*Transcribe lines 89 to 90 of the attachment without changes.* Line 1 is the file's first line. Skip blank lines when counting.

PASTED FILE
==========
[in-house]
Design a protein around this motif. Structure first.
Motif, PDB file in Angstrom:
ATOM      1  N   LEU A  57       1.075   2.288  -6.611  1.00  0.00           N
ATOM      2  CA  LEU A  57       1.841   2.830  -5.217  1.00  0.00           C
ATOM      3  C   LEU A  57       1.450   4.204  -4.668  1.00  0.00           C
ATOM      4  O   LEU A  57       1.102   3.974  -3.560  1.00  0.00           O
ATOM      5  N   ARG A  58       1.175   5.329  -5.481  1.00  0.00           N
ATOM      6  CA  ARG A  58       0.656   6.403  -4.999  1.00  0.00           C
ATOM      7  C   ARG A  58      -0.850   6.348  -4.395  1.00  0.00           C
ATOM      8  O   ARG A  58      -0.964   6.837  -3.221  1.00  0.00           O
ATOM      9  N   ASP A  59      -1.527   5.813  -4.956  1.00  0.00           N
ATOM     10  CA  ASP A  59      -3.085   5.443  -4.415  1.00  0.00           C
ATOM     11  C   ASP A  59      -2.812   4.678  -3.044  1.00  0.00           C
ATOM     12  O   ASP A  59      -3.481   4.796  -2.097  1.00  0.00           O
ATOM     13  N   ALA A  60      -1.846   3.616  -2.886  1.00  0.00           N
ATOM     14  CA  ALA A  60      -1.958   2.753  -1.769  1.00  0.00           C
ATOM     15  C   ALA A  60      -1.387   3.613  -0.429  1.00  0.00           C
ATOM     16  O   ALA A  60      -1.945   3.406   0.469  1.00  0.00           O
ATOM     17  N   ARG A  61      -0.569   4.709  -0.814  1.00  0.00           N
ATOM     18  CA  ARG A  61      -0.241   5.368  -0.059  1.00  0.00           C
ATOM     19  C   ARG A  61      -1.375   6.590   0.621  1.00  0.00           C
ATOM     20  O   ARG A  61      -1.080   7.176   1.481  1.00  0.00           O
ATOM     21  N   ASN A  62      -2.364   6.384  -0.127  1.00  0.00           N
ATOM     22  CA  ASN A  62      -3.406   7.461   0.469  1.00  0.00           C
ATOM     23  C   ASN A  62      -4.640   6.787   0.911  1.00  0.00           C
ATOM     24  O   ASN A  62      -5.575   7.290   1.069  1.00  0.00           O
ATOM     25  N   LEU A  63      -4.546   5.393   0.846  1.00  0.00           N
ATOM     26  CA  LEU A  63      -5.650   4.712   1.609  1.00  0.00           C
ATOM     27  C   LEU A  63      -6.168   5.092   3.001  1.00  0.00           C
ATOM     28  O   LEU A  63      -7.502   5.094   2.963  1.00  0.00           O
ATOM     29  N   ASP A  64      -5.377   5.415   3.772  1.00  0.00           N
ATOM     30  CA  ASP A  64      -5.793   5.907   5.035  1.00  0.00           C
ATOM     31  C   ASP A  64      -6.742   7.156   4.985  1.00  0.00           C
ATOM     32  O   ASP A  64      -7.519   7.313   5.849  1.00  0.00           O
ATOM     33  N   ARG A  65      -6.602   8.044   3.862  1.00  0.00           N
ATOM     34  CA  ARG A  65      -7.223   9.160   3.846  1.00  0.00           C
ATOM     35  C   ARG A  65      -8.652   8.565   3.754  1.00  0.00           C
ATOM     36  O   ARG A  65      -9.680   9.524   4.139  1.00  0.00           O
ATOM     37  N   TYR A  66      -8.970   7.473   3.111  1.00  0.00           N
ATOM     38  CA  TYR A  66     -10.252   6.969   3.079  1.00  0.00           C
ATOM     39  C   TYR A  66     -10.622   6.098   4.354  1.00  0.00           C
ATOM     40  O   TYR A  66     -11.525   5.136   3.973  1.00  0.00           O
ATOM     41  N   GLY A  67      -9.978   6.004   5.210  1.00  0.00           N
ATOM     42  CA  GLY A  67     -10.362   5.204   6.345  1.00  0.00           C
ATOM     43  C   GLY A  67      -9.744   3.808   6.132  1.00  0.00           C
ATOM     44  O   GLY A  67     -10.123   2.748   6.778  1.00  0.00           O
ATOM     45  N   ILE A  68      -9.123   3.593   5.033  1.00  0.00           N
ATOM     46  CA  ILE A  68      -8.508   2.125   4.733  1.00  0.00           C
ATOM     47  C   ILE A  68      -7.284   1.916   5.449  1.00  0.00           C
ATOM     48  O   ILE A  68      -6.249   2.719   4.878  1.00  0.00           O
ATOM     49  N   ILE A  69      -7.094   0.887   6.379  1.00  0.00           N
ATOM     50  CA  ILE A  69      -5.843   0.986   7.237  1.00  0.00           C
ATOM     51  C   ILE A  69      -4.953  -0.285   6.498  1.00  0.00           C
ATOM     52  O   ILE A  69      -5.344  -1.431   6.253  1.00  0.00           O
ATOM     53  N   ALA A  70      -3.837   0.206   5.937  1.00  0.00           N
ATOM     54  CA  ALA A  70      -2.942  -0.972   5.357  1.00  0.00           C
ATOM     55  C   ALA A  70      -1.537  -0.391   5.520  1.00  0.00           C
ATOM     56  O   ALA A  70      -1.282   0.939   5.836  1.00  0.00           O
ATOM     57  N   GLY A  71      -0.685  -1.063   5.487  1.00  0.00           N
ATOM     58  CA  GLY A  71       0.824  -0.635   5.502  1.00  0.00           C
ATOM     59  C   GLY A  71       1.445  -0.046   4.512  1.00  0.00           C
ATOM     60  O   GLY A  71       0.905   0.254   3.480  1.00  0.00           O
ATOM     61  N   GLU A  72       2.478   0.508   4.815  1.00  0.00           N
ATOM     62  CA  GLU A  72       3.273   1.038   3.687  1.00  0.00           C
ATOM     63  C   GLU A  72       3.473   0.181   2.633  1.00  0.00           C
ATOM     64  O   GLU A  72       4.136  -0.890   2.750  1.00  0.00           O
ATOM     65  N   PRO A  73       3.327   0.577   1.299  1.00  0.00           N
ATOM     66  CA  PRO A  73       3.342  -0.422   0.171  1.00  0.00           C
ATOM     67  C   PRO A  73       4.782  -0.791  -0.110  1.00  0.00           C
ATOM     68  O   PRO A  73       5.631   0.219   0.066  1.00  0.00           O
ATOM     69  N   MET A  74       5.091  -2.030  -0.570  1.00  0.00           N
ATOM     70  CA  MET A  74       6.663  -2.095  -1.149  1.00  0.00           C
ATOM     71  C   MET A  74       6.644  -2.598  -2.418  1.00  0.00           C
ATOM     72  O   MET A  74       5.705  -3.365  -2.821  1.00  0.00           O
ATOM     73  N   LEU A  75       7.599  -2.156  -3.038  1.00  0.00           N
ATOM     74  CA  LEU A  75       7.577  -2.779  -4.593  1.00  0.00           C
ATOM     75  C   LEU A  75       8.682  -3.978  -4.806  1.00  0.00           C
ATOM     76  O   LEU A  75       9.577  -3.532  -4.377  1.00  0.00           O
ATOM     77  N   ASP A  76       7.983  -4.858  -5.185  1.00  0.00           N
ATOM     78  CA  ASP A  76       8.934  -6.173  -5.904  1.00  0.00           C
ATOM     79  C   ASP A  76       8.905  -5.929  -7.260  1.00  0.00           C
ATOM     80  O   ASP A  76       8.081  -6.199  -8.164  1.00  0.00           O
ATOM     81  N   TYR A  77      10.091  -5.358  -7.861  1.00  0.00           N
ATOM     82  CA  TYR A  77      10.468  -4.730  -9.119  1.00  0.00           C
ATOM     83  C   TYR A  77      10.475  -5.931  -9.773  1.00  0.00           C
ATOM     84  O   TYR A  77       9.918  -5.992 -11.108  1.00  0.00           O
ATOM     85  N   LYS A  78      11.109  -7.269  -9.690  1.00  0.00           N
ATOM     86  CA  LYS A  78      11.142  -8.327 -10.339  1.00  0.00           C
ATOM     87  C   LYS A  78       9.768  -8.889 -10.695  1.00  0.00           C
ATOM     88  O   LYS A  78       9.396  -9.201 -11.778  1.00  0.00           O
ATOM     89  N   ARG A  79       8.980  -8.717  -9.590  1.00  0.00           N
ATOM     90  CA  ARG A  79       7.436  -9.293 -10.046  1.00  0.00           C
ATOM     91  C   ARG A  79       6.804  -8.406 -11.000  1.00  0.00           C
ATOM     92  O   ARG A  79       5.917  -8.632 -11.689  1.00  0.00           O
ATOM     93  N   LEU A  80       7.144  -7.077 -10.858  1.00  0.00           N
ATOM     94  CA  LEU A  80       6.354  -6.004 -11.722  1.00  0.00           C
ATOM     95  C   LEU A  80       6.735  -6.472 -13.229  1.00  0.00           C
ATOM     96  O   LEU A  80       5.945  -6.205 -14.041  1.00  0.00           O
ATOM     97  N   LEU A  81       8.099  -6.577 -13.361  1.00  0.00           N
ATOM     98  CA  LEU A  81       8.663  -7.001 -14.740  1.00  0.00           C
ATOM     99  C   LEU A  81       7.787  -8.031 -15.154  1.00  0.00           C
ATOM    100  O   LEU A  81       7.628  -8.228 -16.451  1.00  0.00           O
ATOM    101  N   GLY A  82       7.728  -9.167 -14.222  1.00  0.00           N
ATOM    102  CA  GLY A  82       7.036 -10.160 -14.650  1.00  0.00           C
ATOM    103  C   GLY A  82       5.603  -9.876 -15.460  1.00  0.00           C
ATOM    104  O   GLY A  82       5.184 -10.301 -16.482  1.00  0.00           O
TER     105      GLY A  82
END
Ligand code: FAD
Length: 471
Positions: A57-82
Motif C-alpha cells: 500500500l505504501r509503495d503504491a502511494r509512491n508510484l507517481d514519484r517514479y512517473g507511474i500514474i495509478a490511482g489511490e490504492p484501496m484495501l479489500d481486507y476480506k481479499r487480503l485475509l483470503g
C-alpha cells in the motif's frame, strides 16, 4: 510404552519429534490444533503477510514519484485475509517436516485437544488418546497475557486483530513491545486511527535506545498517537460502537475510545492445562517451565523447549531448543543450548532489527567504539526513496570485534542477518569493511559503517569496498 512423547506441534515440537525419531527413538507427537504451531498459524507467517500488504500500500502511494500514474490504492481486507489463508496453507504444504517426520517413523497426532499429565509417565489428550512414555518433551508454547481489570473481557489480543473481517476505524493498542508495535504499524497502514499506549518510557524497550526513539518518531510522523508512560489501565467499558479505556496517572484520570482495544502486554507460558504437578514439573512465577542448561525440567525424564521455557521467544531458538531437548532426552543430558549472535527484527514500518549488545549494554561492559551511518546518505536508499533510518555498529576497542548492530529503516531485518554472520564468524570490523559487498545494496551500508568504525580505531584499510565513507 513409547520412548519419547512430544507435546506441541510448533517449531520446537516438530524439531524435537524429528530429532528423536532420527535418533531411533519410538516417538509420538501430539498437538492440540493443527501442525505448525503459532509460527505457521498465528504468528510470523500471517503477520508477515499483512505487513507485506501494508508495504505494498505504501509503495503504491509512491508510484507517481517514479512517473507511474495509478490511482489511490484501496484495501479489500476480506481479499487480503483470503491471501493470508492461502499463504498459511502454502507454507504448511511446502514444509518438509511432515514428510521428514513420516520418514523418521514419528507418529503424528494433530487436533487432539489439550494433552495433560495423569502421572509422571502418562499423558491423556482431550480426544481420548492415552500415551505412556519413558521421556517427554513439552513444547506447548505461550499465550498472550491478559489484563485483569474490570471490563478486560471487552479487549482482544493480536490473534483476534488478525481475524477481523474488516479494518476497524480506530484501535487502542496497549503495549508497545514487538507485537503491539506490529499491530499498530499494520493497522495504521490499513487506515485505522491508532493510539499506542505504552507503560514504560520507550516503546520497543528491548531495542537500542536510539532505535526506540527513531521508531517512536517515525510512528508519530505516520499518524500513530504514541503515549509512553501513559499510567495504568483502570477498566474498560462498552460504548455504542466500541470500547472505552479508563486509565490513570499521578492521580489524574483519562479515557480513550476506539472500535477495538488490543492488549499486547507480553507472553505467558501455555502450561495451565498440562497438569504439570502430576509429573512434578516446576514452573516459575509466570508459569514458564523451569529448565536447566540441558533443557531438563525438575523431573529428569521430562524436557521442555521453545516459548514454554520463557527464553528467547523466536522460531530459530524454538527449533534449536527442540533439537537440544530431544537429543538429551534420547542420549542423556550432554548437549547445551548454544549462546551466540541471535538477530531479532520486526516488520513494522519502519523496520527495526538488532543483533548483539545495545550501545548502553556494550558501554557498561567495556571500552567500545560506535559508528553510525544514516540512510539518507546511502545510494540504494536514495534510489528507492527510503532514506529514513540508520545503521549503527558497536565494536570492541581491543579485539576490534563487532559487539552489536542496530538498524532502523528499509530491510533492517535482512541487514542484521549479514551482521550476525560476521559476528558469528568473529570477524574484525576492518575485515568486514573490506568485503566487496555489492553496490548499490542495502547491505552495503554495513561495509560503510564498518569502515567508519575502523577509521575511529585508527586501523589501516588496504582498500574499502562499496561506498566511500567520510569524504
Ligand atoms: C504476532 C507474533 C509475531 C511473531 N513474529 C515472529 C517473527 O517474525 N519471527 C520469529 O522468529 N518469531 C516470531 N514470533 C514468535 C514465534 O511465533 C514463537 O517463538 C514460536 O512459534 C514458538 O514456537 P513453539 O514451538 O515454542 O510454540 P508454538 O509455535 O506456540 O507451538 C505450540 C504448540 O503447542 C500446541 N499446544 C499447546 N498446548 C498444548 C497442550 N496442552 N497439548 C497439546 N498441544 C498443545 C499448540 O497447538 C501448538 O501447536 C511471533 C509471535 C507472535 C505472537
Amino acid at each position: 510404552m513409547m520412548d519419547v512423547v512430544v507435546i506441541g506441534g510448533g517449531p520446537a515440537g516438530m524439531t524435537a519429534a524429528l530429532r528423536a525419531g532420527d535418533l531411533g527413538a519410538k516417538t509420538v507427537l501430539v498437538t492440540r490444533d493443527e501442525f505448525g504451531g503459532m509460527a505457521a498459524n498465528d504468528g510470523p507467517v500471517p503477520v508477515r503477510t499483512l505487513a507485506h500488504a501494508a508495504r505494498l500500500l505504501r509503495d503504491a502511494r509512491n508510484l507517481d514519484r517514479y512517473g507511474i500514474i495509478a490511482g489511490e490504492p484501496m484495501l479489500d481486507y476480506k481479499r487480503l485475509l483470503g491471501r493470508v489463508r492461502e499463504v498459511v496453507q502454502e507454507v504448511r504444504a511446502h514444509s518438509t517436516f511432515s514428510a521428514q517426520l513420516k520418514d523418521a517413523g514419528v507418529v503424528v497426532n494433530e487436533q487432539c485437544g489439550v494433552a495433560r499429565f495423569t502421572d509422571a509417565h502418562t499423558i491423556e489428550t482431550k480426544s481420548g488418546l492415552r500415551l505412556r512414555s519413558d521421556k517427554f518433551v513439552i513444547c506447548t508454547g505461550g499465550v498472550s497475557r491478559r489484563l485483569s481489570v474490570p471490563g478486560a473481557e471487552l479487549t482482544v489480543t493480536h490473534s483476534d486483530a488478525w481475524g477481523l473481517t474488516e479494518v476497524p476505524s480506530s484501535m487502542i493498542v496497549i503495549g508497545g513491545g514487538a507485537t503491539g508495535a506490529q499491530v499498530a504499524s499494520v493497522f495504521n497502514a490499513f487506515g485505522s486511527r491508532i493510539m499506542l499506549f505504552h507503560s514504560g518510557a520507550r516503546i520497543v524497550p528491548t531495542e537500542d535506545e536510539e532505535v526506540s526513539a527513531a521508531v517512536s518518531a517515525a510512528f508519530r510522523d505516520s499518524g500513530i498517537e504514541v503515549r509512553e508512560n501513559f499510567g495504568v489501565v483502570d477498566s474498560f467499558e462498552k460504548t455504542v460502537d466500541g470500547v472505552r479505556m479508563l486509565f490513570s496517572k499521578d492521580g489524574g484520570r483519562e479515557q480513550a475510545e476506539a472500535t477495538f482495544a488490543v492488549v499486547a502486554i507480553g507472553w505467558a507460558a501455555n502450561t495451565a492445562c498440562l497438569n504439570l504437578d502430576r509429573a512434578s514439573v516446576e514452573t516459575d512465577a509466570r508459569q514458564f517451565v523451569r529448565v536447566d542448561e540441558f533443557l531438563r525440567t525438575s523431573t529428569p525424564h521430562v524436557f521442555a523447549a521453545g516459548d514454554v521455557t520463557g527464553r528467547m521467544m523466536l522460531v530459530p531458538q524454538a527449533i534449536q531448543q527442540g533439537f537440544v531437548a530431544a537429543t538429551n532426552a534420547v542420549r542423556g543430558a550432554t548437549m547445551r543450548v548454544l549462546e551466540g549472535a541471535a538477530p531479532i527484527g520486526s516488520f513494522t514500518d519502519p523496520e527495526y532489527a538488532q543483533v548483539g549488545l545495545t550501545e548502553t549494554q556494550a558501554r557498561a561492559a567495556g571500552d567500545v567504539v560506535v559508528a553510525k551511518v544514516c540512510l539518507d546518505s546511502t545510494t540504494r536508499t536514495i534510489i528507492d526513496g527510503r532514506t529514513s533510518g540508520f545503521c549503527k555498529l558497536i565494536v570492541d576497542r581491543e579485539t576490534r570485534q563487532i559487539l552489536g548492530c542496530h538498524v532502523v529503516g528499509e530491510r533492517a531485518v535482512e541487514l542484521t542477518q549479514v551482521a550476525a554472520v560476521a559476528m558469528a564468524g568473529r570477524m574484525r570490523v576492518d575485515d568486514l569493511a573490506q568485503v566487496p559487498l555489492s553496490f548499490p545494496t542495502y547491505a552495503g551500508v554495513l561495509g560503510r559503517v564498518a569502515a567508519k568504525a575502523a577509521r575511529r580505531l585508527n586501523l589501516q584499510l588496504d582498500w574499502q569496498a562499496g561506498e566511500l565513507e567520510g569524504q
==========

ATOM     86  CA  LYS A  78      11.142  -8.327 -10.339  1.00  0.00           C
ATOM     87  C   LYS A  78       9.768  -8.889 -10.695  1.00  0.00           C